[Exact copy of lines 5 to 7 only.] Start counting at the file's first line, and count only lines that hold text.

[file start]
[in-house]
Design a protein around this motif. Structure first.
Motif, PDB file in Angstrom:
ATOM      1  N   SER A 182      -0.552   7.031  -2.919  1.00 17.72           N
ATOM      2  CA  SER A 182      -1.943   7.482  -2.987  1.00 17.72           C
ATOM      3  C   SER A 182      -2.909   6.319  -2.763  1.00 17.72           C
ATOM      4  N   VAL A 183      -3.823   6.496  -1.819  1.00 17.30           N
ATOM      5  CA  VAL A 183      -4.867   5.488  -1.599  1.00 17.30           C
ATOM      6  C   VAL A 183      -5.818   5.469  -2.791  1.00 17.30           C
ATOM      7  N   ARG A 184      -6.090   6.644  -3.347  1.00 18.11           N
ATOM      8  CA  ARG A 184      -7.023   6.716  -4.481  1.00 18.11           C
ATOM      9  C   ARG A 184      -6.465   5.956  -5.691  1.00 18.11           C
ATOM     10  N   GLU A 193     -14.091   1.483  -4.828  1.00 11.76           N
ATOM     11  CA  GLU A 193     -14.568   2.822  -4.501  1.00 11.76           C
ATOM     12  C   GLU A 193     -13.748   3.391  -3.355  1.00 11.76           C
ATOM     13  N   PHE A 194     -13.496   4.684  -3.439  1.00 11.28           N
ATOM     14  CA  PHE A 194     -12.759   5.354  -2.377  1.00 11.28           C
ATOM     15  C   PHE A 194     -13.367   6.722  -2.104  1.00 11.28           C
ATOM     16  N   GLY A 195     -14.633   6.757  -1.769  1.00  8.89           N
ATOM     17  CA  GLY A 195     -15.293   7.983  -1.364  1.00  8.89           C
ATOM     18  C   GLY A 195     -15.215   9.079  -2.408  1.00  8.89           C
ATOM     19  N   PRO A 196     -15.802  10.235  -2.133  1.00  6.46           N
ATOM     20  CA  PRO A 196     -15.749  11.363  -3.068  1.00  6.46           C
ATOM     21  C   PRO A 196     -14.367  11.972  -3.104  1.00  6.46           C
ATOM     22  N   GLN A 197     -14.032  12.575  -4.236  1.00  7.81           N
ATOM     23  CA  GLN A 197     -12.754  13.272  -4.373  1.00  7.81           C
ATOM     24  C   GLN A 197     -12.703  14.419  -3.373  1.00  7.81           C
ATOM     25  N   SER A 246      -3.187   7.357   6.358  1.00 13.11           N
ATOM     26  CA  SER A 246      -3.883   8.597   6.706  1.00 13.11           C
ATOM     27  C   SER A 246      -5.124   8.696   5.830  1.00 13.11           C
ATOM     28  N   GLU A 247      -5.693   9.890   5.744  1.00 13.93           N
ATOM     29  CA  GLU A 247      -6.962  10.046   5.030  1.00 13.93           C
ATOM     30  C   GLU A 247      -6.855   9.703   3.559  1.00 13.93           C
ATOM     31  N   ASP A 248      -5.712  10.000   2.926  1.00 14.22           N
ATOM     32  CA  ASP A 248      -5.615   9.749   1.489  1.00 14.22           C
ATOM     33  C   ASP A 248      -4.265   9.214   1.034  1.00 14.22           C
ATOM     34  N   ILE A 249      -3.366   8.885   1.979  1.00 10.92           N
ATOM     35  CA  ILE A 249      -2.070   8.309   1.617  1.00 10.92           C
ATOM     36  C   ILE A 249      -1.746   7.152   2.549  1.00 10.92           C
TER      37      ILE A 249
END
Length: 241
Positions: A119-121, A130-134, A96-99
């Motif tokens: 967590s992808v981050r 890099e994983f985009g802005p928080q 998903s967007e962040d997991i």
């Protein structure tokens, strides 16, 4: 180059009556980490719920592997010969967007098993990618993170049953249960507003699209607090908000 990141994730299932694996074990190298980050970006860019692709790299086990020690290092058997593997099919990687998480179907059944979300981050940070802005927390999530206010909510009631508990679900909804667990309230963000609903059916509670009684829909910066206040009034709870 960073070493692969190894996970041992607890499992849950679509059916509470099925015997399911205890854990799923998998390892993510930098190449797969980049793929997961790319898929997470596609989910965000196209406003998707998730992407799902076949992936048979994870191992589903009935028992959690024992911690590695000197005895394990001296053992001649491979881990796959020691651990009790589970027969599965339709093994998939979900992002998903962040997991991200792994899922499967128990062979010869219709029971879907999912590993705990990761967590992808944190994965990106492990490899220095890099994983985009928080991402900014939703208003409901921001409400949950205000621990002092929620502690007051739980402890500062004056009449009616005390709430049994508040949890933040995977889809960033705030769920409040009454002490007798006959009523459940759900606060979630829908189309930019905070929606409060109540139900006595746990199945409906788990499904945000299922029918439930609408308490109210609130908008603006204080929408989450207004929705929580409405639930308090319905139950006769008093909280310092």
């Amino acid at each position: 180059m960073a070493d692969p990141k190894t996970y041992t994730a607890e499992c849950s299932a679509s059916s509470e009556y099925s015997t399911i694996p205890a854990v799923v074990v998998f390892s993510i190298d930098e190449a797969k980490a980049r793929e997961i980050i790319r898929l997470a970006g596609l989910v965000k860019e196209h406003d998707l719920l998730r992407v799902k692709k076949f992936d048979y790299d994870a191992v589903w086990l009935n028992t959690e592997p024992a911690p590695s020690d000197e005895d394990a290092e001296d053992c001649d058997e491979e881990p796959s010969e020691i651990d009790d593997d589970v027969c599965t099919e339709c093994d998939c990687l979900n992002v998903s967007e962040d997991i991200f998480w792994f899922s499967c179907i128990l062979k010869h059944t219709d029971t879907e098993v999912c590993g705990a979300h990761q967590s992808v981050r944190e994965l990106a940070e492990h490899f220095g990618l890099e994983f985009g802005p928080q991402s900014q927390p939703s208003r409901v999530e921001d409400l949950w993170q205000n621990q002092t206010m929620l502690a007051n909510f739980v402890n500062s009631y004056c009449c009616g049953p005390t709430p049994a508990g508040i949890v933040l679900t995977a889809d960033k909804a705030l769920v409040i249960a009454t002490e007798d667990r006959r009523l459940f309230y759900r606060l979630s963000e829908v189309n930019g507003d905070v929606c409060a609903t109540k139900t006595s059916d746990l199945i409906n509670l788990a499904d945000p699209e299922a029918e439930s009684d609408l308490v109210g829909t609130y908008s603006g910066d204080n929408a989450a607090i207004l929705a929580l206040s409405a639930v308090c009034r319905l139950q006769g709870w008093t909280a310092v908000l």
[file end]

ATOM      2  CA  SER A 182      -1.943   7.482  -2.987  1.00 17.72           C
ATOM      3  C   SER A 182      -2.909   6.319  -2.763  1.00 17.72           C
ATOM      4  N   VAL A 183      -3.823   6.496  -1.819  1.00 17.30           N